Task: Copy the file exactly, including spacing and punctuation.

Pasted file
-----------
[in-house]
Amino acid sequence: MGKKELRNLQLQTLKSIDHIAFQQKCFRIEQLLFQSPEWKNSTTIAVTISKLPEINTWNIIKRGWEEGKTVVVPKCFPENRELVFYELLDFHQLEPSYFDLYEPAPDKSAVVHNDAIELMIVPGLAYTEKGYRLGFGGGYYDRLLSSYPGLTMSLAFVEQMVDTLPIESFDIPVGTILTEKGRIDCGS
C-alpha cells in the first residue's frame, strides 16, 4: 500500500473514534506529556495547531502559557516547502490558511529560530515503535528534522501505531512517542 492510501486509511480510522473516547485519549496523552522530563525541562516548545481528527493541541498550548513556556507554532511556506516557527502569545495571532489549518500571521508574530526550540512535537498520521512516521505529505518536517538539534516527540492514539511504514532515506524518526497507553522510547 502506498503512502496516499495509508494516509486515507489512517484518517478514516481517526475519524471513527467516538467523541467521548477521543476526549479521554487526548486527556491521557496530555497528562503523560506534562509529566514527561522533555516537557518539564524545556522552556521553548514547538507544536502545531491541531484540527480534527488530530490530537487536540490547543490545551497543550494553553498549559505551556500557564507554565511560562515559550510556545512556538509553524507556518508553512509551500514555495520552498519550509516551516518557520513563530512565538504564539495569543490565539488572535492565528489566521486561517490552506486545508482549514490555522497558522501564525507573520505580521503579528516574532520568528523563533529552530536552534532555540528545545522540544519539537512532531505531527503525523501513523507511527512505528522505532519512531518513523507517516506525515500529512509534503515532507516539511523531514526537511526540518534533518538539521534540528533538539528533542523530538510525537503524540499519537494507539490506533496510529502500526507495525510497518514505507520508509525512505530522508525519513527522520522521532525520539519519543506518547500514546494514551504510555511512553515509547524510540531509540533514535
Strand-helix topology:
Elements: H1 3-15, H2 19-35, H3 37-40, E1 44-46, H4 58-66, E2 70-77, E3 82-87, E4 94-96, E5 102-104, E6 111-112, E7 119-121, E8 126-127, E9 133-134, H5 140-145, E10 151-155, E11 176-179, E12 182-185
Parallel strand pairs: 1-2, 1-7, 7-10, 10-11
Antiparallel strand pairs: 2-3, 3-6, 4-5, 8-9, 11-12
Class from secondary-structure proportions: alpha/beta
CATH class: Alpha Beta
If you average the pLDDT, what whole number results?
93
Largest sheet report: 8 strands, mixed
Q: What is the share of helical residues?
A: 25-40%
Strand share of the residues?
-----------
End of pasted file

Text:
[in-house]
Amino acid sequence: MGKKELRNLQLQTLKSIDHIAFQQKCFRIEQLLFQSPEWKNSTTIAVTISKLPEINTWNIIKRGWEEGKTVVVPKCFPENRELVFYELLDFHQLEPSYFDLYEPAPDKSAVVHNDAIELMIVPGLAYTEKGYRLGFGGGYYDRLLSSYPGLTMSLAFVEQMVDTLPIESFDIPVGTILTEKGRIDCGS
C-alpha cells in the first residue's frame, strides 16, 4: 500500500473514534506529556495547531502559557516547502490558511529560530515503535528534522501505531512517542 492510501486509511480510522473516547485519549496523552522530563525541562516548545481528527493541541498550548513556556507554532511556506516557527502569545495571532489549518500571521508574530526550540512535537498520521512516521505529505518536517538539534516527540492514539511504514532515506524518526497507553522510547 502506498503512502496516499495509508494516509486515507489512517484518517478514516481517526475519524471513527467516538467523541467521548477521543476526549479521554487526548486527556491521557496530555497528562503523560506534562509529566514527561522533555516537557518539564524545556522552556521553548514547538507544536502545531491541531484540527480534527488530530490530537487536540490547543490545551497543550494553553498549559505551556500557564507554565511560562515559550510556545512556538509553524507556518508553512509551500514555495520552498519550509516551516518557520513563530512565538504564539495569543490565539488572535492565528489566521486561517490552506486545508482549514490555522497558522501564525507573520505580521503579528516574532520568528523563533529552530536552534532555540528545545522540544519539537512532531505531527503525523501513523507511527512505528522505532519512531518513523507517516506525515500529512509534503515532507516539511523531514526537511526540518534533518538539521534540528533538539528533542523530538510525537503524540499519537494507539490506533496510529502500526507495525510497518514505507520508509525512505530522508525519513527522520522521532525520539519519543506518547500514546494514551504510555511512553515509547524510540531509540533514535
Strand-helix topology:
Elements: H1 3-15, H2 19-35, H3 37-40, E1 44-46, H4 58-66, E2 70-77, E3 82-87, E4 94-96, E5 102-104, E6 111-112, E7 119-121, E8 126-127, E9 133-134, H5 140-145, E10 151-155, E11 176-179, E12 182-185
Parallel strand pairs: 1-2, 1-7, 7-10, 10-11
Antiparallel strand pairs: 2-3, 3-6, 4-5, 8-9, 11-12
Class from secondary-structure proportions: alpha/beta
CATH class: Alpha Beta
If you average the pLDDT, what whole number results?
93
Largest sheet report: 8 strands, mixed
Q: What is the share of helical residues?
A: 25-40%
Strand share of the residues?